The good news is that rate of return to skills is high in Africa. What is therefore needed is a big push on quality education and skills, as Korea and other East Asian countries did to underpin their growth miracles. For this, partnerships among industry, government and perhaps even civil society in vocational and tertiary education should be formed.

The thriving telecommunication sector in many African countries can facilitate information transfer, knowledge, and learning. In several African countries, this is already happening. In Kenya, skilled agricultural workers can receive knowledge on crop patterns and practices and information about weather and price of products via cell phones. In Somalia, a forgotten land, farmers are using computers at internet cafes to sell livestock and do market research.

Not surprisingly, President Obama was struck by the inventive use to which mobile phones are being put to use in Sub-Saharan Africa. He said: “I am constantly amazed by the innovations that are coming out of Africa. Mobile banking that is bringing finance to millions of people. SMS [text-messaging] technologies that are empowering farmers with real-time pricing information. ….The continent is vibrant and not simply a place of enormous need.” The simple point is this: skills plus investment plus access to technology can unleash growth in several productive sectors from agriculture to manufacturing and services, which would propel Africa to BRIChood.

Conclusion

In conclusion, it makes eminent sense to work on the Big Idea that Africa is the next BRIC. Many of the obstacles Africa faces are similar to those faced by the BRICs in yesteryear, including integrating better with the global economy and improving the quality of education. But Africa is coming of age in a much more complicated environment, marked by problems ranging from global imbalances to climate change. It must seize the opportunities inherent in these problems and persuade the outside world that it is ready to play its role in a multipolar growth world. Young Africans realize more than ever that Africa’s future is up to them, and that Africa has to define the agenda and terms on which it engages with the international community. It’s high time Africa saw and presented itself as the fifth BRIC, an attractive destination for investment, not just aid. This is realistic and within reach. As Nelson Mandela said, “It always seems impossible until it’s done.”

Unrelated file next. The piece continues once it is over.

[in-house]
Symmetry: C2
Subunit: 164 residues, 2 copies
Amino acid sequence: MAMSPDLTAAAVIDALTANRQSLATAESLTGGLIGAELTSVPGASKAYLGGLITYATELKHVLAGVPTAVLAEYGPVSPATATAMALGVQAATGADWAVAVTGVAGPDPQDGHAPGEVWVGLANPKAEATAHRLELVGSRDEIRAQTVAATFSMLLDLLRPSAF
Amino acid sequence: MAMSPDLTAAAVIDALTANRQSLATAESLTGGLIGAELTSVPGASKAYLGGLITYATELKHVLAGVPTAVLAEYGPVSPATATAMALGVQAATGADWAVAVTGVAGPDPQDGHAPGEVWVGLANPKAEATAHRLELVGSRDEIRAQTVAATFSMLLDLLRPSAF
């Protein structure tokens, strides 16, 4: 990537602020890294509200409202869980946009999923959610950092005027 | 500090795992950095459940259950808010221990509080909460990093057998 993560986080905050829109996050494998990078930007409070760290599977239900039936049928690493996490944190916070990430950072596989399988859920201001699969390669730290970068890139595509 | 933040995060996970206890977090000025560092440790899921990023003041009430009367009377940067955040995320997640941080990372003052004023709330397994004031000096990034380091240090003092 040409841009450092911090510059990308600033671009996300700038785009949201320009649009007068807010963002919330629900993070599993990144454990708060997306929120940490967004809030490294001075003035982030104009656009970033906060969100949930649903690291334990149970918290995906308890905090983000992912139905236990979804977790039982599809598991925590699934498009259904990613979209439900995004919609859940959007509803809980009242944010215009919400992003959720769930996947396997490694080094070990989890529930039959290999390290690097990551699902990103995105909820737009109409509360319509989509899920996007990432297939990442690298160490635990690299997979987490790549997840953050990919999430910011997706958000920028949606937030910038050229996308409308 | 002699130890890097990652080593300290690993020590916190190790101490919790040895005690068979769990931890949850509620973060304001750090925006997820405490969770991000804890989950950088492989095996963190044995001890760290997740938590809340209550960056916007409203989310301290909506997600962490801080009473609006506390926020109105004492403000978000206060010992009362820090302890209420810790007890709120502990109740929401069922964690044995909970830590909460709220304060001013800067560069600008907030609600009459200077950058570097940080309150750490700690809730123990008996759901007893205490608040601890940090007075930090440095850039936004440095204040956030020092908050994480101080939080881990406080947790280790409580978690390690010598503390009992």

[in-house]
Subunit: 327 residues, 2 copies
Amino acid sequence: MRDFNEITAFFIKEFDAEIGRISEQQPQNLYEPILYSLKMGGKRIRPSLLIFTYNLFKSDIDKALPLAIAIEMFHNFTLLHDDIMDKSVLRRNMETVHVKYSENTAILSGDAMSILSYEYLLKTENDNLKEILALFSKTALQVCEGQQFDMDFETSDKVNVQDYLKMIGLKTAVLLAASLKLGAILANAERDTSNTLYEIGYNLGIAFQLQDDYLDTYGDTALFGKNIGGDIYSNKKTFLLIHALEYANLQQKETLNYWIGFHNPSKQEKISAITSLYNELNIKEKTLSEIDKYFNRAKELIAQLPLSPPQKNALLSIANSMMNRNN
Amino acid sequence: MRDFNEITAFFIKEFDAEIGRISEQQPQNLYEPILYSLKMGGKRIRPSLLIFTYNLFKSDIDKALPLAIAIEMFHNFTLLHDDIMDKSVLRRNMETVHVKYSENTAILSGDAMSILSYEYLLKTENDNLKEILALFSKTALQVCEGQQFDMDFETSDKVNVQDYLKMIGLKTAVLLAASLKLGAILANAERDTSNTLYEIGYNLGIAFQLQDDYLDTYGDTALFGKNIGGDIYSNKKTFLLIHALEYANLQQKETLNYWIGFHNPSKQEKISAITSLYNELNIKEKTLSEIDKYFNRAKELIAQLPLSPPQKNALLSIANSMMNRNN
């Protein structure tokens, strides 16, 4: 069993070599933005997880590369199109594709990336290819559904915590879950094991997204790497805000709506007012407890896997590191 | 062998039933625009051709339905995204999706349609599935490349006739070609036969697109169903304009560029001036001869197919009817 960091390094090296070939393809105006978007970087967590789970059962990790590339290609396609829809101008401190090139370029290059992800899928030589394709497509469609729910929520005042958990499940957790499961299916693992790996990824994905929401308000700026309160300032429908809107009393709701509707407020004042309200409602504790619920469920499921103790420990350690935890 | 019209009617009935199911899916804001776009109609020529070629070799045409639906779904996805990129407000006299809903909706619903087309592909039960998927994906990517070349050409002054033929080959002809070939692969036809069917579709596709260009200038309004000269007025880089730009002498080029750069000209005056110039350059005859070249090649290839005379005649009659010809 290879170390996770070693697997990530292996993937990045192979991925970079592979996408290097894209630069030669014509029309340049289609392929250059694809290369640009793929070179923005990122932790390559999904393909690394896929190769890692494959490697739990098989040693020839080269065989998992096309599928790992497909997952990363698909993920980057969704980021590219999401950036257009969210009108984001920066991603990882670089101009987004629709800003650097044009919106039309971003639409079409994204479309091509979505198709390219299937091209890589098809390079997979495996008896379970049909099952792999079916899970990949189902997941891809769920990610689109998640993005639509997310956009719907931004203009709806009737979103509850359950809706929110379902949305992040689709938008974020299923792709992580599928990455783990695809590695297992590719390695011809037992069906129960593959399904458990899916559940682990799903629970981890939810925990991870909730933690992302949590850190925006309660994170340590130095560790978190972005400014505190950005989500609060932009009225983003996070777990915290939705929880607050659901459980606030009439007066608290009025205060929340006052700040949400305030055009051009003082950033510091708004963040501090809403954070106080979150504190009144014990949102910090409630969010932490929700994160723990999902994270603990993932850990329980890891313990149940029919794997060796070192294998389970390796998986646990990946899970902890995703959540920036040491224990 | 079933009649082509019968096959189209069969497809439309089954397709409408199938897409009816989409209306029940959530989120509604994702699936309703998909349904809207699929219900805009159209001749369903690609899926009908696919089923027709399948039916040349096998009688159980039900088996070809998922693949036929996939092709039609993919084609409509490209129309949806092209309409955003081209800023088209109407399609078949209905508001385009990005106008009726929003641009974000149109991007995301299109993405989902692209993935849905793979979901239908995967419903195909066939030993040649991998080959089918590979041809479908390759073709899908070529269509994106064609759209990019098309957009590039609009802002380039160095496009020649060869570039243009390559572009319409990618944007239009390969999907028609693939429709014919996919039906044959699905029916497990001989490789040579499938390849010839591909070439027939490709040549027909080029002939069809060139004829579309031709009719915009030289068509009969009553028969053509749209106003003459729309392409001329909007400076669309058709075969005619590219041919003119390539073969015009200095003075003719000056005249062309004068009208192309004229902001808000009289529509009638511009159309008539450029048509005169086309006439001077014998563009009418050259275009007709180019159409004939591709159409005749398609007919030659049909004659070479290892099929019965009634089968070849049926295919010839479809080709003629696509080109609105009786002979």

1 Growth computed for GDP in current US dollars. Source: WEO, April 2010.

2 The Human Security Report defines a State-Based Conflict as an armed conflict in which one or more parties is a state. There are four forms of state-based conflict: inter-state conflicts, extra-state conflicts, intra-state conflicts and internationalized intra-state conflicts.

3 Doing Business 2010: Reforming through Difficult Times, Palgrave MacMillan, the International Finance Corporation, and the World Bank, 2009.

4 Enhancing Growth and Reducing Poverty in a Volatile World: A Progress Report on the Africa Action Plan. Sep 2 2009, Africa Region, The World Bank, Box 1, page 4.

5 The World Bank. 2010. Africa’s Infrastructure: A Time for Transformation. A co-publication of the Agence Francaise de Developpement and the World Bank. Edited by Vivien Foster and Cecilia Briceno-Garmendia. Pages 7-9.

6 Viktoria Hnatkovska and Norman Loayza. 2005. “Volatility and Growth.” Chapter 2 in Managing Economic Volatility and Crises edited by Joshua Aizenman and Brian Pinto, Cambridge University Press. 

7 Claudio Raddatz. 2007. “Are external shocks responsible for the instability of output in low-income countries?” Journal of Development Economics 84 (2007) 155-187.

8 Homi Kharas. 2008. “Measuring the Cost of Aid Volatility.” Wolfensohn Center for Development, the Brookings Institution. July.

9 Eric A. Hanushek and Ludger Woessman. 2008. “The Role of Cognitive Skills in Economic Development.” Journal of Economic Literature 46:3, 607-668.

10 Early Grade Reading Assessments




Permanent URL for this page: http://go.worldbank.org/W14VVJGYW0